At the end of the day, it’s all about how you choose to handle the setbacks that you experience.

How have you cultivated resilience throughout your life? Did you have any experiences growing up that have contributed to building your resiliency? Can you share a story?

Growing up, I moved 11 times before I turned 18 so from a young age I learned how to adapt to new experiences and situations. I was the new kid in junior high three different times. I think that alone gave me the core foundations of adaptability and resilience.

I believe my childhood has made me more resilient as an entrepreneur. Throughout the years, I have become an expert at sensing when it is time to pivot or make a change for my business. I’m not afraid to blaze my own trail or go against the status quo. I think, in growing up, and seeing so many different “groups” I realized that trying to fit in was fruitless and exhausting. That if I wanted to be happy, I didn’t need to do what everyone else was doing, I could rely on myself and stand on my own two feet with confidence. I think that made me into a stronger, more confident leader.

Resilience is like a muscle that can be strengthened. In your opinion, what are 5 steps that someone can take to become more resilient? Please share a story or an example for each.

  1. Get to the root of your limiting beliefs: What is it that you are truly afraid of? Many don’t know this but human beings’ most basic fears boil down to really 3 things: I am unlovable. I am helpless. I am worthless. The words we tell ourselves matter, so how can you change the negative things you are telling yourself into positive?
  2. Flip those fears into facts: In my book I share a full blueprint to help flip your fears to facts, but the simple version is to think these questions to yourself: What is it you’re afraid of doing? What is the worst case scenario? What can you control? What is the objective truth?
  3. Set achievable goals: My tip when setting goals is to make sure they are IMPACT goals: inspirational, measurable, purpose-driven, adaptable, challenging, and timed.
  4. Rest: Research shows time and again that adequate sleep is necessary for optimum health, functioning and productivity. As such, you must commit a decent percentage of your time to “resting,” which is one of the categories of time I teach in my book. Resting does not only include the doctor-recommended 7 to 9 hours of sleep per month, but can also include meditation, closing your eyes and taking a break away from the computer, or sitting outside in nature for a few minutes. The key to your resting periods is they should feel renewing and restorative, otherwise it’s not rest!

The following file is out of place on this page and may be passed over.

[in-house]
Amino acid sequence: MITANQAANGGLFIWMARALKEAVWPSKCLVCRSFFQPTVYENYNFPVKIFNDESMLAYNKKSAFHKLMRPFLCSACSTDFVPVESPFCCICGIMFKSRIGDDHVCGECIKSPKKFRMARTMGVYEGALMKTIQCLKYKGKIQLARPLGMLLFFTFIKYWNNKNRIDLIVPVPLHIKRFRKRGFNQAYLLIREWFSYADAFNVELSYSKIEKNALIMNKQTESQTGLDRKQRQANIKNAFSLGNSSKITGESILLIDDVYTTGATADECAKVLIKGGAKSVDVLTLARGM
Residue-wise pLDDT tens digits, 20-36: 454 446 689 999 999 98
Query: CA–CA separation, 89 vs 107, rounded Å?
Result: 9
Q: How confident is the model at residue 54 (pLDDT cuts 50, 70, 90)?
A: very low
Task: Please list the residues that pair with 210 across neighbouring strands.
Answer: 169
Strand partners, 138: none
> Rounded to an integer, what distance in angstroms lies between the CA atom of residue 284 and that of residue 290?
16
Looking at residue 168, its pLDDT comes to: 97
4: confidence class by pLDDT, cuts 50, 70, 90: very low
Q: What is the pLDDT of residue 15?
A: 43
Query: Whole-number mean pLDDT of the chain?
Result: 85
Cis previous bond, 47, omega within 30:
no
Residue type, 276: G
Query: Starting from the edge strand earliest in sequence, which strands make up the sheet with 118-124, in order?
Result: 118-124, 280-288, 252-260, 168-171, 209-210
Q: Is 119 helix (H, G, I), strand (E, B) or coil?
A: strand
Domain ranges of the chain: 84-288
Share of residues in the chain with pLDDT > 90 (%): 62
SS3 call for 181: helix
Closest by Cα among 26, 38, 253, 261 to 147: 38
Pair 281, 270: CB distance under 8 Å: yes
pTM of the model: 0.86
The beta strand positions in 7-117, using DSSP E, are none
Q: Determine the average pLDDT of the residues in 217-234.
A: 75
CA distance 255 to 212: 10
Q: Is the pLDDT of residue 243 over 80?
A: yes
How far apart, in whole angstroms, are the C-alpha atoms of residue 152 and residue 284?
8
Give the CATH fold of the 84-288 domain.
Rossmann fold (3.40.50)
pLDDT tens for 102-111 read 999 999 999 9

5. Adapt, adapt, adapt: We need to allow for some adaptability in our goals because life demands it. In fact, if we allow a little more grace and breathing room with our goals you will find that motivation grows.

You are a person of great influence. If you could inspire a movement that would bring the most amount of good to the most amount of people, what would that be? You never know what your idea can trigger. 🙂

I have to name my movement after my newest book, On Purpose, so the movement I am inspiring is the “living your life on purpose” movement. When you pause and take a moment to reflect on your choices, it allows you to take back control of your time. Remember this: we cannot control time, but we can control our choices. For the most part, we can control what we are doing with our time.

We are blessed that some very prominent leaders read this column. Is there a person in the world, or in the US with whom you would love to have a private breakfast or lunch with, and why? He or she might just see this, especially if we tag them 🙂

When I think of women who’ve paved the way for so many, I immediately think of Oprah. She defines resilience. Without question she has proven that the impossible is possible with the right mindset and determination. I would love to sit down and and talk to her about all that she’s learned in her journey to really dive into how she has been able to make such a big impact on our society. One of my very favorite quotes come from her, she says, “Do not think you can be brave with your life and your work and never disappoint anyone. It doesn’t work that way.” I love that Oprah has been a role model for so many women like me.

How can our readers further follow your work online?

Visit my website, www.tanyadalton.com!

This was very inspiring. Thank you so much for joining us!

Author(s)

  • Savio Clemente

    Board Certified Wellness Coach (NBC-HWC, ACC), #1 Best-selling Author, Syndicated Columnist, Podcaster, and Stage 3 Cancer Survivor

    The Human Resolve LLC

    Savio P. Clemente coaches cancer survivors to overcome the confusion and gain the clarity needed to get busy living in mind, body, and spirit. He inspires health and wellness seekers to find meaning in the “why” and cultivate resilience in their mindset.

    Savio is a Board Certified Wellness Coach (NBC-HWC, ACC), #1 best-selling author, syndicated columnist, podcaster, stage 3 cancer survivor, and founder of The Human Resolve LLC. He has interviewed notable celebrities and TV personalities and has been featured on Fox News, The Wrap, and has worked with Authority Magazine, Thrive Global, BuzzFeed, Food Network, WW and Bloomberg. Savio has been invited to cover numerous industry events throughout the U.S. and abroad.

    His mission is to provide clients, listeners, and viewers alike with tangible takeaways on how to lead a truly healthy, wealthy, and wise lifestyle. Savio pens a weekly newsletter in which he delves into secrets to living smarter by feeding your “three brains” — head ?, heart ?, and gut ? — in the hope of connecting the dots to those sticky parts of our nature that matter to living our best life.